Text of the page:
Foot traffic can be used by both lenders and investors as a proxy for business health - an increase in footfall may indicate business expansion, while a decline may suggest business contraction. Lenders can use this information combined with other factors to identify customers that require additional credit facilities to support growth, or companies where existing credit lines need to be reassessed given bleak prospects. For equity investors, foot traffic can help identify companies where revenues may be accelerating or firms that may have difficulty meeting financial obligations. An extended deterioration in footfall activity implies fewer customer visits, lower sales and reduced cash flows.
Figure 1 shows real estate investment trusts (REITs) that saw large declines in foot traffic at their properties and also had unfavorable exposures to the following measures of business risk:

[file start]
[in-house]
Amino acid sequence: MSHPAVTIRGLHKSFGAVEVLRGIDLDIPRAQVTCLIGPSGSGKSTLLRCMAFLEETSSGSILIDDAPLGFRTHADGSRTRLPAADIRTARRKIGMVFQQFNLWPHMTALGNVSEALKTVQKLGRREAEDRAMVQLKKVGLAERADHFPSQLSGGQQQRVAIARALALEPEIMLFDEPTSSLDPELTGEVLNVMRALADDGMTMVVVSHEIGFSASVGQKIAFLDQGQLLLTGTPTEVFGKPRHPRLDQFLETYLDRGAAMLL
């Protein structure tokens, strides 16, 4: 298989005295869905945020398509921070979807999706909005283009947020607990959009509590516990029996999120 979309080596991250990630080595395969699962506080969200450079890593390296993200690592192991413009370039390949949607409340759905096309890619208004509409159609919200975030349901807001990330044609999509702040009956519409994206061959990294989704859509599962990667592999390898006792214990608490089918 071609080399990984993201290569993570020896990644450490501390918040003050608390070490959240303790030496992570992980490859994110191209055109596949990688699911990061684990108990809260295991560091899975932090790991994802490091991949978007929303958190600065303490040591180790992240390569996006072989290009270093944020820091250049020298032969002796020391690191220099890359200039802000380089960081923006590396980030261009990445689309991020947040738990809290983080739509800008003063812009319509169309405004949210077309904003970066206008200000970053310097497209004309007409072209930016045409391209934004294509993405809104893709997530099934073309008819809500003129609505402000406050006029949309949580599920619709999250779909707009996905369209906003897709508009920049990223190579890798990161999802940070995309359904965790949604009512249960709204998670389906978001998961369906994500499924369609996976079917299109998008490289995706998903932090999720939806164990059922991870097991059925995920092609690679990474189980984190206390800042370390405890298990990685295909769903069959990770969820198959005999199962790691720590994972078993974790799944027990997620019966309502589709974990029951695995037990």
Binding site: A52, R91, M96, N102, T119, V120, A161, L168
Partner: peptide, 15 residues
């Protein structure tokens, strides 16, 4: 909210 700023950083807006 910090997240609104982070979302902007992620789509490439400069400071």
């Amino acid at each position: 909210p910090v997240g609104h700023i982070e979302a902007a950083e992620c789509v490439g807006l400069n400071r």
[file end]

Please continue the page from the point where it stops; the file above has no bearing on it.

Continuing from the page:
- 1. Vacancy Rates: REITs managing properties in geographic locations with high vacancy rates will likely find it difficult leasing properties should retail tenants close locations or office tenants downsize.
- 2. Leverage: Raising additional debt to plug a shortfall in cash flow may not be an option for highly leveraged REITs, especially if they face strict debt covenant ratios.
- 3. S&P Global Ratings: REITs with stretched balance sheets may incur higher borrowing costs, given the weak macro-economic environment backdrop.
Figure 1: REITs with the Largest Decline in Foot Traffic, Highest Credit Risk and
Unfavorable Vacancy Demographics - Russell 3000 (March 2020)
Source: AirSage, S&P Global Market Intelligence Quantamental Research. Data as at 04/15/2020.
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Quantamental Research Brief: Risky Business - Foot Traffic, Vacancy Rates, and Credit Risks
Quantamental Research Brief: No More Walks in the (Office) Park: Tying Foot Traffic Data to REITs